Miami Marlins General Manager Kim Ng is looking for her next club, having declined her end of a mutual option for the 2024 season.
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If you’re a woman who loved baseball in the late 90s/early 2000s, Kim Ng likely holds a special place in your heart. This was before Jessica Mendoza was on Sunday Night Baseball, before Jenny Cavnar was on Rockies’ broadcasts, before teams started hiring women like Alyssa Nakken and Rachel Folden to coach men on the fundamentals. Back then, women working on the ops side of baseball were pretty much non-existent. There was only Kim Ng. The lone woman who had smashed through the glass ceiling of the ultimate boys’ club.
Though we expected her to get hired as a GM much sooner, it was a cause for celebration when the Marlins hired Ng as their GM in November 2020. The 2020 season was a COVID-shortened one, but in 2019, the Marlins had finished a woeful 57-105, with a miserable .352 winning percentage. They wound up 40 games out of first place. But in Ng’s first full season with Miami, the team won 10 more games than the previous season. In 2022, the team won more games than that. And in 2023, with a shoestring MLB budget of just $91.7 million, Ng put together an 84-78 team that claimed an NL Wild Card. For reference, the New York Mets’ budget for 2023 was more than $353 million, and the Yankees’ was $262 million. The St. Louis Cardinals, who are smack dab in the middle of the MLB in terms of salary, had a 2023 budget of $175 million. You see where I’m going with this.
Predictably, as news of Ng’s departure began to trickle out, so did the report that any woman working in a male-dominated industry could have seen coming:
Good on Ng for knowing her worth and having the guts to walk, knowing very well that every job in MLB could be her last. It’s a contradiction women working in sports have all dealt with at some point: Being grateful for the precious, rare opportunity you’ve been given, while also chafing against the truth that you’re being treated differently than your male counterparts.
Winning in Major League Baseball is still hard. Speaking as a fan of a team that was supposed to compete for the World Series for years to come, but only wound up winning the NLCS the same year they won their lone World Series in 108 years, it doesn’t matter how many stars you stack on your team (CoughSanDiegoCough) or how much money you spend (looking at you, Mets), things happen during a season. Key players get hurt. Guys have down seasons. Clubhouses never quite come together. Postseason berths are precious things. And, even racking my brain, I can’t remember another MLB GM getting demoted after snagging one.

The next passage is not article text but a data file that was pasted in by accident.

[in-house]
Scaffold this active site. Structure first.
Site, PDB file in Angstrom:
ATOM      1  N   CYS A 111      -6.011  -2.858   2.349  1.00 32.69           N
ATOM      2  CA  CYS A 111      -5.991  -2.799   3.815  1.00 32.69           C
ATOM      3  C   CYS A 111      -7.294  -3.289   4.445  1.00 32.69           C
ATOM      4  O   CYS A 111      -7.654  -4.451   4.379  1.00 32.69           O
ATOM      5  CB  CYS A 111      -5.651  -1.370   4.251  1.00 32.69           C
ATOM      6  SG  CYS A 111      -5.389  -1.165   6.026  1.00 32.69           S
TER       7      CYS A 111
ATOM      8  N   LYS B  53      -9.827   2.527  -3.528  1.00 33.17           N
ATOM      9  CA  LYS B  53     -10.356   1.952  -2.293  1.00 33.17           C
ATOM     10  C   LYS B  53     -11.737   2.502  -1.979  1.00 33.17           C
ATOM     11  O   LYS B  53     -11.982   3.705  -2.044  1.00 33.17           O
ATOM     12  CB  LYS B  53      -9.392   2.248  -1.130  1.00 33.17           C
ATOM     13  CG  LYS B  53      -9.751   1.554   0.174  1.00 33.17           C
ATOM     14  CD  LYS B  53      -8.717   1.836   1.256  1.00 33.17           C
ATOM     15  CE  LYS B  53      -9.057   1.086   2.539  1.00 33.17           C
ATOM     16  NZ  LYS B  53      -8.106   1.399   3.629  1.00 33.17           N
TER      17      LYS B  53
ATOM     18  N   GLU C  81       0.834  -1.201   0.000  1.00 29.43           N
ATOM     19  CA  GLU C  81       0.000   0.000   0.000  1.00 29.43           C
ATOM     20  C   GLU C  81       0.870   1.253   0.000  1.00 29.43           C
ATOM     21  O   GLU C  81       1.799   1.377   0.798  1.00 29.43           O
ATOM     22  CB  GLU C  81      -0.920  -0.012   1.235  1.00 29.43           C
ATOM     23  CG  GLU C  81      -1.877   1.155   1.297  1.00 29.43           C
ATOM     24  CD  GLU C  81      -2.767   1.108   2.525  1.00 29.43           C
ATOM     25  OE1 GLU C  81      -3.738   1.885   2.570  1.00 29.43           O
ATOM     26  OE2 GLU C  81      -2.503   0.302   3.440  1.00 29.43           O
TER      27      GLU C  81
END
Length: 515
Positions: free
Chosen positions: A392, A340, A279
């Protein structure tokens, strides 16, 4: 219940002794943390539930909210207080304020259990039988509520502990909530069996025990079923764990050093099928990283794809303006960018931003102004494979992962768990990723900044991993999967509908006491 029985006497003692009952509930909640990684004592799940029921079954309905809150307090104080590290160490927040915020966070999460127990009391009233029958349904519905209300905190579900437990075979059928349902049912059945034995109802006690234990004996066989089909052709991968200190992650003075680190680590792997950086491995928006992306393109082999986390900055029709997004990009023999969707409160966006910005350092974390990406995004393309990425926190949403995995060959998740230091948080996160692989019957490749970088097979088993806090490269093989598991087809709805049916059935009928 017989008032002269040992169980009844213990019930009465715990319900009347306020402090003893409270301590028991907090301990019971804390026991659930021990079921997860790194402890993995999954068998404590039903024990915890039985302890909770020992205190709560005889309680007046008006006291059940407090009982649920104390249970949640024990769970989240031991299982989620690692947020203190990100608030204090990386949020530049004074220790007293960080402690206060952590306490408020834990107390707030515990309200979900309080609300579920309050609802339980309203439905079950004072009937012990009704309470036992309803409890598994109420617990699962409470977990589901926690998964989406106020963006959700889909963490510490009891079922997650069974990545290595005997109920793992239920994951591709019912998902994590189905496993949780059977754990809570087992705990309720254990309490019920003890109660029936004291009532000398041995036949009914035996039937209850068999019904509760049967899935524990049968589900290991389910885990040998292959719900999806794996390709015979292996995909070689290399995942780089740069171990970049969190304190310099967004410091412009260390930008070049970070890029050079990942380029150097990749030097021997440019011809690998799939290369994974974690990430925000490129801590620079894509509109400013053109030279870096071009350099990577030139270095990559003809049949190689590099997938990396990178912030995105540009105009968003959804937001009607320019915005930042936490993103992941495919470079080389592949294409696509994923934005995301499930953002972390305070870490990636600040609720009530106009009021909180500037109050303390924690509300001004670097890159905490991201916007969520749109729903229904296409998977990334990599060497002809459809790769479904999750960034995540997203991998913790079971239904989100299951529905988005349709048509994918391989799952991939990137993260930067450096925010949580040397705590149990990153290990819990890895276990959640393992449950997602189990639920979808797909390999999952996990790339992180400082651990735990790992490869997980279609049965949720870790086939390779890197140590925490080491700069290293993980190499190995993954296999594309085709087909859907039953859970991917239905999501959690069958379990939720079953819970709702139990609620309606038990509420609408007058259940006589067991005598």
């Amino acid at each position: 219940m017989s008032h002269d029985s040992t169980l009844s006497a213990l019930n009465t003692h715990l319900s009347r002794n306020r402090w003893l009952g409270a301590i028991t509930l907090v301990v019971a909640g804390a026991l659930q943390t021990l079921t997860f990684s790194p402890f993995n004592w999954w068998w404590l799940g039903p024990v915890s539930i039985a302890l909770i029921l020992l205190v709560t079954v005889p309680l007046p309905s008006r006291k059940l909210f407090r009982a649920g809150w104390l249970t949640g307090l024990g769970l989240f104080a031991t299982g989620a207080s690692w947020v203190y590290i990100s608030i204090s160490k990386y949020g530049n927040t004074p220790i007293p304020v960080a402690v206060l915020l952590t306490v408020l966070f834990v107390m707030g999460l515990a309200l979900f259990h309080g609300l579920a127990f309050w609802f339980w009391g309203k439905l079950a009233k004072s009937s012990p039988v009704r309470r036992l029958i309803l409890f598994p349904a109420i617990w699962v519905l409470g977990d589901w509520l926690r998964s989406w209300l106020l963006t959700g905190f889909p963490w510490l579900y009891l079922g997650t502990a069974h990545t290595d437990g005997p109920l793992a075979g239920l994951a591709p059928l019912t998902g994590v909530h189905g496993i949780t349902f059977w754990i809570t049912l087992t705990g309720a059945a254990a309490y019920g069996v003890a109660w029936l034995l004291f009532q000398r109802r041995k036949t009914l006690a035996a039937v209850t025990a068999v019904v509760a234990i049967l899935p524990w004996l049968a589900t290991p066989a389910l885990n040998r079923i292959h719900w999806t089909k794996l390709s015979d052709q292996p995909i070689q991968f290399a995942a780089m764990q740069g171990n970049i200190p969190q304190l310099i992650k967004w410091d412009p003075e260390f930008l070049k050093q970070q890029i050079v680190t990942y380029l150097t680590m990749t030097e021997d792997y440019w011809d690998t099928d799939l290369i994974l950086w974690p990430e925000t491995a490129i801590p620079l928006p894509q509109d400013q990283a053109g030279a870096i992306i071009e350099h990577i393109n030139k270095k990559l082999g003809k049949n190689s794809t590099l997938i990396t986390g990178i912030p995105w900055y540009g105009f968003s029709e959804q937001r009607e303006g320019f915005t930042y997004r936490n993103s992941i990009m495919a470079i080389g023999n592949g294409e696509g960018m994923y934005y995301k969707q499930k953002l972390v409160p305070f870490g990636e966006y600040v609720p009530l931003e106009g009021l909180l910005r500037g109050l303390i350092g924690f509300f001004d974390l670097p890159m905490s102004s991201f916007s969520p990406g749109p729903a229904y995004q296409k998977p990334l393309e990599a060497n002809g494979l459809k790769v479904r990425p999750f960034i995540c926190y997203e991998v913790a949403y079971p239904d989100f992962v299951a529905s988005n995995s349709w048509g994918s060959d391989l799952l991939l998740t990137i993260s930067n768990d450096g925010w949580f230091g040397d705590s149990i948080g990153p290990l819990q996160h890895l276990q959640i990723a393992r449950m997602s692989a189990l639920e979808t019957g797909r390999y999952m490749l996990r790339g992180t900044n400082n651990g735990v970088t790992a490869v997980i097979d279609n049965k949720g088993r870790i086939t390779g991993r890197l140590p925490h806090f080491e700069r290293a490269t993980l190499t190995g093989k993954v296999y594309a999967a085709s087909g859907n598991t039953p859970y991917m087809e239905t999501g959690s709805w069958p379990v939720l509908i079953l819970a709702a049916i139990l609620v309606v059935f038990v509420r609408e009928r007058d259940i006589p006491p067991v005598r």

And make no mistake, this would have been a demotion for Ng. She’d be going from the top of the pyramid in baseball ops to a number two. The Marlins are so well known for their terrible decision-making that it’s hard to tell if sexism or just plain incompetence is behind their decision, but I can guarantee you that the new President of Baseball Ops job wasn’t going to go to a woman.
I once had a colleague say to me, as I was complaining about a lack of opportunities for women in sports broadcasting, “Hey, a million women would love to have your job,” as if that ended the discussion or cured the blatant sexism that continues to taint the industry. And this is where a lot of women get trapped. A million women would have loved to have had my job. And I was grateful for it. But merely including a token woman here or there in the old boys’ club doesn’t mean that they are being treated fairly or equitably. At the same time, women don’t get a lot of chances in many male-dominated industries. Betting on yourself is a lot harder when you know you might not even get in the door at the next place.
This weekend, the San Francisco Giants announced that they’ve officially interviewed coach Alyssa Nakken for their vacant managerial position. That’s great for Nakken and for women in the league, but we’ve seen this playbook before. How many NBA teams announced that they had interviewed Becky Hammon for a head coaching gig before she left for the WNBA?
Kim Ng has been smashing down doors for women in baseball for more than two decades now. She’s never been one to lean into being the first woman GM or to talk much about the challenges she faced to get there. But, most importantly, she’s been showing women that it can be done. It’s possible to rise through the ranks into the front office and work on the baseball side of Major League Baseball. But by walking away from the Marlins, who clearly don’t value her baseball acumen as they should, Ng is showing women something even more important: Nothing, nothing, is more important than knowing your own value in the circles you navigate. Kim Ng knows hers.
If there’s any justice in the world of sports, your MLB team is on the phone with her right now.